Worse, blackmailed into some kind of freestyle confidence trick. For, like her family, society as a whole offered no guarantees, only vague, generic, schoolmarmish promises to the effect that everything will be all right as soon as one has acceded to its demands and put one’s John Hancock on the dotted line. “Stuff this racket,” thought the young girl, laconically and without ceremony, as a grown man might, sweeping everything into the same gutter with a single jerk of the broom. “Stuff John Hancock.”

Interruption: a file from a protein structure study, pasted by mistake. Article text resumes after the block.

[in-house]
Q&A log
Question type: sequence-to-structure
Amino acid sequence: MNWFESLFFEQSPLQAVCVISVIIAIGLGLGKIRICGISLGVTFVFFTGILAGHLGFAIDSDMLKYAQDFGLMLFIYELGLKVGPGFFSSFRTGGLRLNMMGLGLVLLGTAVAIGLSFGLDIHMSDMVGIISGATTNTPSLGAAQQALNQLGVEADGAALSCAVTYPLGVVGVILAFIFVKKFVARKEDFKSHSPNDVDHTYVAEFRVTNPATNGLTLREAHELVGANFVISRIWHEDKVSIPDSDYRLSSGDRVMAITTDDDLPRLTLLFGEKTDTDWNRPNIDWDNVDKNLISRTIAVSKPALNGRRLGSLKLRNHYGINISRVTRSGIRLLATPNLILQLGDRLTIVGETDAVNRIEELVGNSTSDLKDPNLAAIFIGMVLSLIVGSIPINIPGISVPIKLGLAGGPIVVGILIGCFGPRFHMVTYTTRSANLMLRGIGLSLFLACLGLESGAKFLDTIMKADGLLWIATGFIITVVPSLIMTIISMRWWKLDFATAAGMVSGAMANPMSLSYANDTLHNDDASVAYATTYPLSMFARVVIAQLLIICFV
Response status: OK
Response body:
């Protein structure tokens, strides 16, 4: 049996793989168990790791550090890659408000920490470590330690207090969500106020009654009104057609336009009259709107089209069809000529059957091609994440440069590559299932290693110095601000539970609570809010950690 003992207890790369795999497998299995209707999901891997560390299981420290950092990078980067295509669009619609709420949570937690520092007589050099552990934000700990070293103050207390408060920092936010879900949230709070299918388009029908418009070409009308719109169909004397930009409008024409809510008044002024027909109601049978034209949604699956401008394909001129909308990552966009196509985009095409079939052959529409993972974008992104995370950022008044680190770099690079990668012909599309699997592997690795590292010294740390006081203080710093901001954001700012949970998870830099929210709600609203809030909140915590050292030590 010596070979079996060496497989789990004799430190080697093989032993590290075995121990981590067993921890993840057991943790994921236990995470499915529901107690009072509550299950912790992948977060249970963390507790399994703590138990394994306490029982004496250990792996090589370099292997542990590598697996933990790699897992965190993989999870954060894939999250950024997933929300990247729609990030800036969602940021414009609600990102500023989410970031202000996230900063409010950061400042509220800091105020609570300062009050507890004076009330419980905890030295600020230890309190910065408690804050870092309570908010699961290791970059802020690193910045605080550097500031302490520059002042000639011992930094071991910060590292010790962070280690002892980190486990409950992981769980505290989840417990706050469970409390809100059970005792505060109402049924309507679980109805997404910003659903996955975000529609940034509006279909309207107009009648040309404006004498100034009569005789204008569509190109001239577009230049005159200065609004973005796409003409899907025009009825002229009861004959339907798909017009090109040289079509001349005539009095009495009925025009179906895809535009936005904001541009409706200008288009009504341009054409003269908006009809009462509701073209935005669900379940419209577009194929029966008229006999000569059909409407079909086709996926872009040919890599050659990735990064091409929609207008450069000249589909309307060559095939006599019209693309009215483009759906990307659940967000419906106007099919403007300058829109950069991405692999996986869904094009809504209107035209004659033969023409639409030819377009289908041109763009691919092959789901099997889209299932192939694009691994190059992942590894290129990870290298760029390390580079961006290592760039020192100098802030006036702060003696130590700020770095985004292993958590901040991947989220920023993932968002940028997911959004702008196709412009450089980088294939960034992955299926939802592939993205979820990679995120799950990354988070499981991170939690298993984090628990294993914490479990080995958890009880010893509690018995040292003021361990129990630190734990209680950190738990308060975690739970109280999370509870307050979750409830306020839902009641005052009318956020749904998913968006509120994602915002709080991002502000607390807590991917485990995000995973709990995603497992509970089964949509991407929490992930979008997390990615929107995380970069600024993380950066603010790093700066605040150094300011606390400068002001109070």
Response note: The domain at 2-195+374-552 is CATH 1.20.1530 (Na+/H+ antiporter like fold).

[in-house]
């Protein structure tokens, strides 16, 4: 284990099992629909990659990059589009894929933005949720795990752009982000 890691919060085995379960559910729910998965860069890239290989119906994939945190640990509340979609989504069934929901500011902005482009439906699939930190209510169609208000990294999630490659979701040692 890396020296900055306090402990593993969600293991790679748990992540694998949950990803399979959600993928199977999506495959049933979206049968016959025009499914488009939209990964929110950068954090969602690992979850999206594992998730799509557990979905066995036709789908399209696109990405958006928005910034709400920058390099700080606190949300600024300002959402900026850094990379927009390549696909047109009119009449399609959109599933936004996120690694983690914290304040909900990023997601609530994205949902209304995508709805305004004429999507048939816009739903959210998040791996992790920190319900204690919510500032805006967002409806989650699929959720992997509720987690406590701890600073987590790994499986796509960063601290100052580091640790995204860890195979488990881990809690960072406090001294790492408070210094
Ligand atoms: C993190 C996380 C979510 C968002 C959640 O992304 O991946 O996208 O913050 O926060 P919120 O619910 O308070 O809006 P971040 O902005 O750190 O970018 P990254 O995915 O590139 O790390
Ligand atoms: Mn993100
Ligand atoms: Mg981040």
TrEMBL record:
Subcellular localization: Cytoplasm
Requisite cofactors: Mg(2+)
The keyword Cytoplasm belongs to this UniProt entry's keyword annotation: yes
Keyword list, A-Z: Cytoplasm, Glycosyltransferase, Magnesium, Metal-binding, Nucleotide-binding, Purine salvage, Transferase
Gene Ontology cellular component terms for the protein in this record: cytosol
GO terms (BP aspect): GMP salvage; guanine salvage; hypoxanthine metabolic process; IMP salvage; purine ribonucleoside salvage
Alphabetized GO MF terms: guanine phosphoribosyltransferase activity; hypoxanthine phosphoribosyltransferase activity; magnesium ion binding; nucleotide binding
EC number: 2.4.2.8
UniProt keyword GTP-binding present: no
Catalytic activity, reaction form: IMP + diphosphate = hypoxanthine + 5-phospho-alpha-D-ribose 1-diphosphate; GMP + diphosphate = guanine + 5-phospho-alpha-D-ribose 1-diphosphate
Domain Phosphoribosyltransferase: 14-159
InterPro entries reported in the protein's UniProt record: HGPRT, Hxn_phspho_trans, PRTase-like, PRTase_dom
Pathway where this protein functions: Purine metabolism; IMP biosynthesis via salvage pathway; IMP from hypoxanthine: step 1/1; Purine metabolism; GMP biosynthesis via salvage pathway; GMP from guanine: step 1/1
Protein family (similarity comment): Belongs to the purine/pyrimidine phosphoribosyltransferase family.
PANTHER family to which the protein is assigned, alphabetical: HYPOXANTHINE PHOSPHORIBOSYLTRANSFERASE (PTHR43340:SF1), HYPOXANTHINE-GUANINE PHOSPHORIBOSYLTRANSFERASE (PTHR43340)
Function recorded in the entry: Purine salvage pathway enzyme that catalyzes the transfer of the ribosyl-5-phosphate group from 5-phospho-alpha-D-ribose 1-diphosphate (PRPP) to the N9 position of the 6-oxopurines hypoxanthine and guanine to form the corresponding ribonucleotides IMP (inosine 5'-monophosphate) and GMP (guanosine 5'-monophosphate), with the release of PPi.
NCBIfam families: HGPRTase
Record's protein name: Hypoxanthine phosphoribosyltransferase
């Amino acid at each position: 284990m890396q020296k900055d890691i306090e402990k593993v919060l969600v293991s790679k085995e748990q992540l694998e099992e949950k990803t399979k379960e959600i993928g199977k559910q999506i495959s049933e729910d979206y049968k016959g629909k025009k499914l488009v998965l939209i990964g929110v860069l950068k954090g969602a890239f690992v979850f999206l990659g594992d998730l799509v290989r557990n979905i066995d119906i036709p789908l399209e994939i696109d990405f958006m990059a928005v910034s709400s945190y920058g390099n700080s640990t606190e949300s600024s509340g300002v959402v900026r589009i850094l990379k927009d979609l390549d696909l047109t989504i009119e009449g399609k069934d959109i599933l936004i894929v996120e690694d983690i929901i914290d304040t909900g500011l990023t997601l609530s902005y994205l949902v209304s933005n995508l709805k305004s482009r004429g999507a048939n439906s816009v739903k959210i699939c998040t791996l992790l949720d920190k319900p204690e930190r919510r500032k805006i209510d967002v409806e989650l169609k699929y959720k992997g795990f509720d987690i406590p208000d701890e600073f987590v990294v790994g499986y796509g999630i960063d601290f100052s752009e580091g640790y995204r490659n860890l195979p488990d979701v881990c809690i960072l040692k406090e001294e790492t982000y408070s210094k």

Perhaps this rational side, an aspect of character ill suited for being shut up all the youth long in the skin of a Bivona peach, was really where all her troubles began. There was more of Lolita in me at the age of 29 than there was in her at 17, and I embellish for effect only slightly. White lies, dark eyeshadow, and the rest of the powder-room arts were as alien to her deportment as Armani to Sir Winston Churchill; she had few girlfriends in whom she liked to confide and took little pleasure in the few confidences they had to share with her; while the boys were apprehensive, seeing in her peachy physique, her dislike of sports, and her ready sarcasm qualities unfit for the discotheque of American adolescence and hence unlikely to garner approval, curiosity, or envy in any other environment worth considering. Her gaze had the directness of innocence, which is the unmediated rationalism of childhood, with only a hint of slyness about the corners of the eyes, which puckered into the tiniest of wrinkles when she heard something incredibly funny or merely incredible. Flirting, for her, meant laughing out loud, and granted, by this awkward definition she was an incorrigible flirt.